He recalls English mediocrity; they know the retailing of petty gossip about petty peo"the fine promise of Whitman, Lowell, mechanism of the novel fairly well, but ple; and when this youthful energy is Emerson and several others.” But he believe that is the whole secret of nobody can benefit from it excepting that

divorced from the control of maturity, confesses the disappointment the for- story-telling. But the worst vice of the middle-aged woman for whom American eign writer meets here:

American novelist, according to James literature is now being written.”

Stephens, is his unconscious appeal to “Other literatures may disgust him or the middle-aged woman.

Whose fault is it? Perhaps, says leave him cold, but the writings of Amer

James Stephens, not so much the fault ica will make him angry: he will get there “Its literature has become brutally femthe cinematograph without its comfortable inine. Instead of being sensuous it is

of the writers as of the general Amerisilence, and he will hear baby language sensual, and often indelicately so.

can public. “America, perhaps, is not

After shouted through a megaphone. He will hunger, there is no subject in which an

in a position to make or to receive discover that the fine promise has not artist or a philosopher might more fruit

literature.” It has not yet had the been performed, and he will wonder what fully interest himself than the sexual rela- leisure to evolve a social order, to conhorrid circumstances have conspired to tions of humanity; but the philosophers serve traditions. “Without a social change that of fifty years ago into this have avoided it as completely as they order there can be no literature; for of to-day. Perhaps, after revolving the could, and the writers, intent on construc that the house must be in order.". matter, he will counsel American writers tion, have expressed sex as a liaison, and to get rid of the old woman as speedily as compressed it to a formula which is very “Literature is something more than art; they can, and to put the boy back to dis easy to handle This formula is called it is the expression of philosophy in art, cipline for a few years more.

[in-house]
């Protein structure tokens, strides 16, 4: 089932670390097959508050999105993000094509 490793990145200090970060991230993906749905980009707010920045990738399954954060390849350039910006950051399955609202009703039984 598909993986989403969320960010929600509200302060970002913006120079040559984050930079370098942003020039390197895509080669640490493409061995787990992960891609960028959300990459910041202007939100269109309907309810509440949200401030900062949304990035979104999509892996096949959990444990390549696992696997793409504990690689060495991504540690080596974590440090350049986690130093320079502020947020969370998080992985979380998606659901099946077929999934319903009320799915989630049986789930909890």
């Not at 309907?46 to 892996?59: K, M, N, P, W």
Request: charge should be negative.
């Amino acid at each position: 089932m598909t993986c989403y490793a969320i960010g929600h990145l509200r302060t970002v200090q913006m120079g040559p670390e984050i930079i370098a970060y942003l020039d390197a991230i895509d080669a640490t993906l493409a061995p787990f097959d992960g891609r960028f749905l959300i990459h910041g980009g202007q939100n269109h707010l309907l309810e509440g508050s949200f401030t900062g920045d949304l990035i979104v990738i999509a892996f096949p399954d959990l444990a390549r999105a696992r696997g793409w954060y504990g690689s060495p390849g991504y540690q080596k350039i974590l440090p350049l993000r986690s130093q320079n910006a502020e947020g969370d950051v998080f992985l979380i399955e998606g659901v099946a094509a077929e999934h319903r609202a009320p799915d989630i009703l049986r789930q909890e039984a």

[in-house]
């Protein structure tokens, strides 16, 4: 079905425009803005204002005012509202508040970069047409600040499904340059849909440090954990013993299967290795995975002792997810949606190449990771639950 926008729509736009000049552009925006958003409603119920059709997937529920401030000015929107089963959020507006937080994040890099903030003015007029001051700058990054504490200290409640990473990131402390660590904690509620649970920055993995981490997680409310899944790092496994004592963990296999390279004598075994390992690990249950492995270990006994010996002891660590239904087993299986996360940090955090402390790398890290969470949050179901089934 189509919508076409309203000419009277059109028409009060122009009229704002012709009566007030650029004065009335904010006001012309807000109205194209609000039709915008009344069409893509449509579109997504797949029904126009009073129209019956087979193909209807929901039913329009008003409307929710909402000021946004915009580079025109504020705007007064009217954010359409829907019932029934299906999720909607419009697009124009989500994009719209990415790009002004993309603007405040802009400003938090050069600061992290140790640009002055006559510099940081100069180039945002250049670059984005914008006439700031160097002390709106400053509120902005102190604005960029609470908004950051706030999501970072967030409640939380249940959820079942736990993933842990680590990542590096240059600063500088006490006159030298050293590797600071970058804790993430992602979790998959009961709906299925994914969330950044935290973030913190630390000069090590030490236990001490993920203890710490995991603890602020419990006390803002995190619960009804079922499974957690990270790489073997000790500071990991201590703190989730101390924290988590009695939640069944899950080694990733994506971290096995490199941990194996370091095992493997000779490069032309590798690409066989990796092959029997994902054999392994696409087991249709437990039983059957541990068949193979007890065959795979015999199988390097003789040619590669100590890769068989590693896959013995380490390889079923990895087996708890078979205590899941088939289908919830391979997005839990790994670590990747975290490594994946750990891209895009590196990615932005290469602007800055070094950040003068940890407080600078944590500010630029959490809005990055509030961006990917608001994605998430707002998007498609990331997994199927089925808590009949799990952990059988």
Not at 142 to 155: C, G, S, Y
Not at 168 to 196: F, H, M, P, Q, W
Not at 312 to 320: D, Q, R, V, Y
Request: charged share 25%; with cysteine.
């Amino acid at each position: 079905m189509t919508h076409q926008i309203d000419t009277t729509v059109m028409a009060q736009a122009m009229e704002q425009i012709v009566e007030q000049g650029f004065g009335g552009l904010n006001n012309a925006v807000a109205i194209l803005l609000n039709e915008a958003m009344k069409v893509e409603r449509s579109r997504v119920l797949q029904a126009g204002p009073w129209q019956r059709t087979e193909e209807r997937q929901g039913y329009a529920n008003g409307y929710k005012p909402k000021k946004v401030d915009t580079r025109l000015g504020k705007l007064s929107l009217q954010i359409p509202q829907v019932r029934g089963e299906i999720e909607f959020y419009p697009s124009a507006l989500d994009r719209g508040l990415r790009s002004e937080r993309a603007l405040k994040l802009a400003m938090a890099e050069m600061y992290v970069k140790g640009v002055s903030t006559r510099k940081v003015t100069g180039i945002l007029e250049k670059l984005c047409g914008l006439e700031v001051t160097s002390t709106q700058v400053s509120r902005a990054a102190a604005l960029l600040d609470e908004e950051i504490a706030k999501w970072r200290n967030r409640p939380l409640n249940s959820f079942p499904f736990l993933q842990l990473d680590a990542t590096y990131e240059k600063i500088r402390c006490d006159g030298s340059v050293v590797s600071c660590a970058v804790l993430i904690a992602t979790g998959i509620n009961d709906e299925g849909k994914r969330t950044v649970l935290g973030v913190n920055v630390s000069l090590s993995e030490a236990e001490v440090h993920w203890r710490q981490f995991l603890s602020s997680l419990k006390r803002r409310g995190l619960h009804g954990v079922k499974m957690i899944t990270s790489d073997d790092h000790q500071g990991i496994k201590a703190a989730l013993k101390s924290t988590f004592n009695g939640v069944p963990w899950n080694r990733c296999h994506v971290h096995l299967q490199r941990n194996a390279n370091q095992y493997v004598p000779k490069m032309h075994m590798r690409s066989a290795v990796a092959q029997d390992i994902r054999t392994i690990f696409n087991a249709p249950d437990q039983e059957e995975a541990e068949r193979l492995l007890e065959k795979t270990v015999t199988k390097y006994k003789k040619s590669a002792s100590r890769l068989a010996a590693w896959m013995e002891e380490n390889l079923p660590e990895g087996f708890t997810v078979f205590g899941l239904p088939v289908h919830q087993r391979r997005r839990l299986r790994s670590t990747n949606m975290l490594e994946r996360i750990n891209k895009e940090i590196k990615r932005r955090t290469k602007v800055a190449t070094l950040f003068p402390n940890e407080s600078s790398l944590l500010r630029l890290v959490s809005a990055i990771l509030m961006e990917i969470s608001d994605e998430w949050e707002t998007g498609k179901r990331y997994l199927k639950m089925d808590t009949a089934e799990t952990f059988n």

If his re

'the literary triangle,' and is composed of and it is at once the portrayal of an marks are harsh, it may be that he divines two women and one man or two men and individual and a racial psychology. A a proud future for America despite the one woman; but it does not say the last writer is not one who portrays life; he fact that the old woman and the boy have word on sex, it does not even say the first. is one who digests life, and every book allied themselves against the genius of The sex mystery, all the reactions of of his is a lecture on the state of his their country.

which are mental, is not to be settled by mental health; he should be careful, then, “The sole means by which a stranger this pill, nor is it to be arranged by treat

how he babbles. can satisfy his curiosity about foreign ing sex as sexuality. That grease is thick “American writers must discover or lands is through literature. Writers are on American literature, and it would not create a vocabulary which is not a jumble the unofficial historians of their own be so unpleasant if it were expressed of worn-out phrases; they must ruthlessly country, and from their pages a national less sentimentally; and sentimentality is a cut out the boyish boy and the girlish girl, psychology emerges, sharp and clear if weed growing only in the gardens of the and they must deport that middle-aged the writers are competent, obscure and ignorant or the hypocritical.

woman who seems to be their paymaster, blotchy if they have not learned their “If one were asked what is the domi or is it paymistress?"